Abu Dhabi’s holistic hotel plan

The long-term outlook for the emirate remains positive with hotel demand expected to pick up when a number of the proposed tourism projects are completed, including the estimated $1bn Louvre museum planned for the Saadiyat Island Cultural District.

“Abu Dhabi has a holistic plan for how it wants to position itself as a business destination and also as a quite a niche tourist destination – in terms of some of the quite iconic projects that it is working on. It has the investment ability to see these plans through, and as these projects are completed, demand will increase,” says O’Hanlon.

UAE hotel market 2010
 Occupancy (percentage)Revpar (AED)
Source: STR Global

Dubai had a contrast in fortunes to its neighbouring emirate in occupancy levels for the first part of 2010, achieving a 1.9 per cent year-on-year increase in August. The hub of the region’s tourism sector during the boom years, Dubai’s hotel sector was hit particularly hard in 2009.

Although Dubai’s revpar continues to decline in 2010, the emirate’s hotel sector is beginning to stabilise. Successful marketing and promotion efforts undertaken by the city’s hotels are contributing to increased occupancy in Dubai’s hotels, and the improved affordability is making the city more attractive to visitors. For the UAE as a whole, average occupancy stood at 78.7 per cent in November, much improved from the 50.9 per cent recorded in August, and the 70.5 per cent seen in October.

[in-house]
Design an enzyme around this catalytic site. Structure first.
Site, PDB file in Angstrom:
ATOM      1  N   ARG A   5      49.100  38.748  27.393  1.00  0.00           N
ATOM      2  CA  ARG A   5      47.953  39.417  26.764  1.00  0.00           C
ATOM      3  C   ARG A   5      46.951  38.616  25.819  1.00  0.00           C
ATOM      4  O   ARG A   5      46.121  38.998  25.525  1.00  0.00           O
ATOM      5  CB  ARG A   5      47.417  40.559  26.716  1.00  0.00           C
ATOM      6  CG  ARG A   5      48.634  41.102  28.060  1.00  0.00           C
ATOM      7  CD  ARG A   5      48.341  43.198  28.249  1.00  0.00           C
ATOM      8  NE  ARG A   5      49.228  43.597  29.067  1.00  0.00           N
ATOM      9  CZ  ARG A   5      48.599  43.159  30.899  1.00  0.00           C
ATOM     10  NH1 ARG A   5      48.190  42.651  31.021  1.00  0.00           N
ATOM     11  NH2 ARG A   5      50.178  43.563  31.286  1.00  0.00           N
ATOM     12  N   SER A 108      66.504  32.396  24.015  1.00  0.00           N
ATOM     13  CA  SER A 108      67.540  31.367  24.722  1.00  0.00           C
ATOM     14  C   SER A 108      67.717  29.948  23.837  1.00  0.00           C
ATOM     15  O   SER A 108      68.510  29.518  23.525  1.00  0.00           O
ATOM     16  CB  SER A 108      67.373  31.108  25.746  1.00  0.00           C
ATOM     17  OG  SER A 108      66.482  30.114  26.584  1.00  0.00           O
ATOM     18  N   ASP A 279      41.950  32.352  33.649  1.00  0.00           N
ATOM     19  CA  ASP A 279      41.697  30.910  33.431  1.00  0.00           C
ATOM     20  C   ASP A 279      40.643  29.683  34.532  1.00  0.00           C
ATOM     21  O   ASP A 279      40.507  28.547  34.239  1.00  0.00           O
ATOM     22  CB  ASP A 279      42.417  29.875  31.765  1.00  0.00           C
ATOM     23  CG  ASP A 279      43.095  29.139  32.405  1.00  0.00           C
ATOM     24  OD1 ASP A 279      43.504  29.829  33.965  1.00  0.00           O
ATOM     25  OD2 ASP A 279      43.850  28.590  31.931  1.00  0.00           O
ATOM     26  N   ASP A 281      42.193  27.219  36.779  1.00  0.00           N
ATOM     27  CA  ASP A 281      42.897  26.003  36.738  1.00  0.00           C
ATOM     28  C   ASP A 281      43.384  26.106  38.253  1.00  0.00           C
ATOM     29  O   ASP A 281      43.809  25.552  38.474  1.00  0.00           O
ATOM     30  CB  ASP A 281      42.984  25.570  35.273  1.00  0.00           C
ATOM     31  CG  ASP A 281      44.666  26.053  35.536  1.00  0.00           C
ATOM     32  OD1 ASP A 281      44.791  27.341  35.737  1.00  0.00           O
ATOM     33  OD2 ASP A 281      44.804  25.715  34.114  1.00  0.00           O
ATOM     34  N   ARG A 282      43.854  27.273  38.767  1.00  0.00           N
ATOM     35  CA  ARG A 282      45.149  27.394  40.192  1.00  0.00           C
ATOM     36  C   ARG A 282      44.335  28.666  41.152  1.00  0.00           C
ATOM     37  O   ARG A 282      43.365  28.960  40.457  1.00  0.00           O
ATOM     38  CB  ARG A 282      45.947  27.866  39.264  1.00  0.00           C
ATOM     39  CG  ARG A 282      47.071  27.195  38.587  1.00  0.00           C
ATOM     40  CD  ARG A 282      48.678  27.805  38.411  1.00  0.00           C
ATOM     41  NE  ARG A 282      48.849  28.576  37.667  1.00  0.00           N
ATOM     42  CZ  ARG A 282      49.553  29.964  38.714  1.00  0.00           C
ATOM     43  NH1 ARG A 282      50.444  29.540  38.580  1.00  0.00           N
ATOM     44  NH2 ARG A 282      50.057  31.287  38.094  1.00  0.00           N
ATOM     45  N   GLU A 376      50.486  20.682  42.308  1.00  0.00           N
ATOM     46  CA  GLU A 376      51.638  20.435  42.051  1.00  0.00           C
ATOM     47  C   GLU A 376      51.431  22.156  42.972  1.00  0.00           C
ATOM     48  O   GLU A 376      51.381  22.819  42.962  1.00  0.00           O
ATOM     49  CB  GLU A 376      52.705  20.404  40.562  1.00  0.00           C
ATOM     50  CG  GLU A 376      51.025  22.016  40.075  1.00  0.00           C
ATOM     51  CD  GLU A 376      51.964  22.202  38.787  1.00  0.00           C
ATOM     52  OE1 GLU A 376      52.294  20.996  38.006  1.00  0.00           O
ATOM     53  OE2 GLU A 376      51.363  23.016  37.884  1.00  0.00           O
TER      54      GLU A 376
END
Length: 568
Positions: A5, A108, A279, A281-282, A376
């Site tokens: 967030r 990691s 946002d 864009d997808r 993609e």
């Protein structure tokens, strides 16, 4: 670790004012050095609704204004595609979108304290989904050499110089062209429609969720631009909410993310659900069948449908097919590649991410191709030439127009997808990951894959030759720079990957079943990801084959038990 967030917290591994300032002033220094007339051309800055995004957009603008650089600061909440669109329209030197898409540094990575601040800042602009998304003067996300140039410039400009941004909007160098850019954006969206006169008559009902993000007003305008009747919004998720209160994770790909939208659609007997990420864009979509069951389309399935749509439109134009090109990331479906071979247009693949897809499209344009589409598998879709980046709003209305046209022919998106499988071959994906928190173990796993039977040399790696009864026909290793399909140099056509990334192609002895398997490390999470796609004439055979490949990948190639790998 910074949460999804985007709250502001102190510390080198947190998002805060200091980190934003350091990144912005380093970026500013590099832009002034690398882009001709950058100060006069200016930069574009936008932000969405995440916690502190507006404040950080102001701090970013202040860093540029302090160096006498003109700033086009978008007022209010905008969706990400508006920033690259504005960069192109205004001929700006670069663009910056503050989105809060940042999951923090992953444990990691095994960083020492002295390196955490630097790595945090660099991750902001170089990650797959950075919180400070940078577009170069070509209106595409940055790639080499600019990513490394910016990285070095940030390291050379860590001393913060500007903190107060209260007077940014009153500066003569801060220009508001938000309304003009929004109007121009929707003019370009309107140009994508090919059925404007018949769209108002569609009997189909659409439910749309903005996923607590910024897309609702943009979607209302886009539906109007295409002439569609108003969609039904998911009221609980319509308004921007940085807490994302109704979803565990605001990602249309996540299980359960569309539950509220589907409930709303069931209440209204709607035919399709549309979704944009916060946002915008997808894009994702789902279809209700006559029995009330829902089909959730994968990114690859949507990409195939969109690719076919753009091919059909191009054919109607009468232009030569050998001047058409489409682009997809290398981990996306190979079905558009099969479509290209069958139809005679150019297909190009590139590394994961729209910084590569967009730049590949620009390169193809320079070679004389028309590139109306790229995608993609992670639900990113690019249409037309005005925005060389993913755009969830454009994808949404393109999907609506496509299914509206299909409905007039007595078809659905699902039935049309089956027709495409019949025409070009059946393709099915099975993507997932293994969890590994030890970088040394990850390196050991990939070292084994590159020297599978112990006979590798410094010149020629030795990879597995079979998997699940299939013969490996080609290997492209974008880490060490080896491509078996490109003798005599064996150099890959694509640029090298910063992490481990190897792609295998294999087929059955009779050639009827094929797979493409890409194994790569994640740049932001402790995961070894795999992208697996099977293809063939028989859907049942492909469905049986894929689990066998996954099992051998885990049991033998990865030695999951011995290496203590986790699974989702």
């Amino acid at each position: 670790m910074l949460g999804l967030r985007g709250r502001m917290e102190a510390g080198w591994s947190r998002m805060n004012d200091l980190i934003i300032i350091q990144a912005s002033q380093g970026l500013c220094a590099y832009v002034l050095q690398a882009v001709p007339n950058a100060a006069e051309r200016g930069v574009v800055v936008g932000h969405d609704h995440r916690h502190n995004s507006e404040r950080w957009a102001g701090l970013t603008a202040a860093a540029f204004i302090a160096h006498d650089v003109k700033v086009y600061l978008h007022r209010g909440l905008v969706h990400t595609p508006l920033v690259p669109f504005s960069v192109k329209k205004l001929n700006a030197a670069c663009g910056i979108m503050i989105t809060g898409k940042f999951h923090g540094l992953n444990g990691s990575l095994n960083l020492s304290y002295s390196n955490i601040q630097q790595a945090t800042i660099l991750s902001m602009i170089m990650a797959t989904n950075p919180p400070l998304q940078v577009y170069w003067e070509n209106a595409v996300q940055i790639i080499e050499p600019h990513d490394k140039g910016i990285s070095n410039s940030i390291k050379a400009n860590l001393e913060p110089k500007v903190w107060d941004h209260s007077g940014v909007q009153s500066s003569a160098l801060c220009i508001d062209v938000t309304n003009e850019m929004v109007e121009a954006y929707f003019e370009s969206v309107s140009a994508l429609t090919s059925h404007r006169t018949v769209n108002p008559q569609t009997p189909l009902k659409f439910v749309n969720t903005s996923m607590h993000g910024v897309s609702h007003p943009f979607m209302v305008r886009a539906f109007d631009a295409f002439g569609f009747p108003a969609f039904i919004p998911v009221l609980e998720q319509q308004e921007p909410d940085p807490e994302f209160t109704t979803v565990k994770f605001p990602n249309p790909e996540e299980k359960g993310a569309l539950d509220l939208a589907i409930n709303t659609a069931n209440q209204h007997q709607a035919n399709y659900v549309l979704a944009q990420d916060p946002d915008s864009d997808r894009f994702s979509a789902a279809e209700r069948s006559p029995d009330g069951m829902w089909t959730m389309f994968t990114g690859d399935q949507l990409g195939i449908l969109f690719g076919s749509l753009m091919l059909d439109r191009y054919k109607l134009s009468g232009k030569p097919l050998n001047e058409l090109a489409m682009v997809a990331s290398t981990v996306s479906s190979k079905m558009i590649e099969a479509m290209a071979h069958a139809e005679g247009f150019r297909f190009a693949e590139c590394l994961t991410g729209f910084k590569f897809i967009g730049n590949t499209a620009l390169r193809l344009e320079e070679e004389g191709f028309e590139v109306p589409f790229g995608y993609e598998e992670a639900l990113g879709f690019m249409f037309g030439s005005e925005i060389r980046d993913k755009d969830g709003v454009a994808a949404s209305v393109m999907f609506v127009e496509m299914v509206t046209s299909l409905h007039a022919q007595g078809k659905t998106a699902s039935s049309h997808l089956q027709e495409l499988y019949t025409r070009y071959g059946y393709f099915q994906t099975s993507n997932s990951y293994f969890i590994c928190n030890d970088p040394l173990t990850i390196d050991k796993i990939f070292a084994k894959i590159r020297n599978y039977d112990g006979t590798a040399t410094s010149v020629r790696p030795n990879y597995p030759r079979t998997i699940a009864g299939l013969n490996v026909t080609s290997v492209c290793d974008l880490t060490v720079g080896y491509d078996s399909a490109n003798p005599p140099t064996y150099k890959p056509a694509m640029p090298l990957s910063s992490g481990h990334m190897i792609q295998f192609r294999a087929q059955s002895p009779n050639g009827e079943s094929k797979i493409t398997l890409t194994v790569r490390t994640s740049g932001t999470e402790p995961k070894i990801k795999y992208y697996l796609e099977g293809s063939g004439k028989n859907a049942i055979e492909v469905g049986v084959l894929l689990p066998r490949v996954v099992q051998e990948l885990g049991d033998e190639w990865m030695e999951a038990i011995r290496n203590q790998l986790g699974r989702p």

In Beirut, one of the region’s strongest markets in 2009, occupancy levels have been weak in 2010. Average occupancy was 47.1 per cent in August. This strengthened to 67.4 per cent in October and held almost steady at 67.3 per cent in November, but is still 10.3 per cent off levels seen in 2009.

Despite the drop in occupancy levels, Beirut was able to register a 10.6 per cent year-on-year increase in ADR to $255.74. Analysts put this down to improved hotel management procedures and growing profits for the hospitality and tourism sector in Lebanon.

Strong hotel performance in Saudi Arabia

Saudi Arabia has bucked the regional trend, mostly witnessing improved occupancy rates from 2009. In November, average occupancy was 62.4 per cent, some 2.8 per cent above the level during the same month a year earlier. Jeddah in particular has performed well, recording year-on-year rises in ADR and revpar in November, to $197.76 and $136.67.

Analysts attribute the strong performance of Jeddah to a continued growth in business activities and the limited supply of hotel rooms in the city.

The proximity of Jeddah to the holy sites of Mecca and Medina has made the city’s hotel sector less affected by the effects of the global recession. The flow of Muslim pilgrims has proved more resilient to the economic downturn than the general travel market.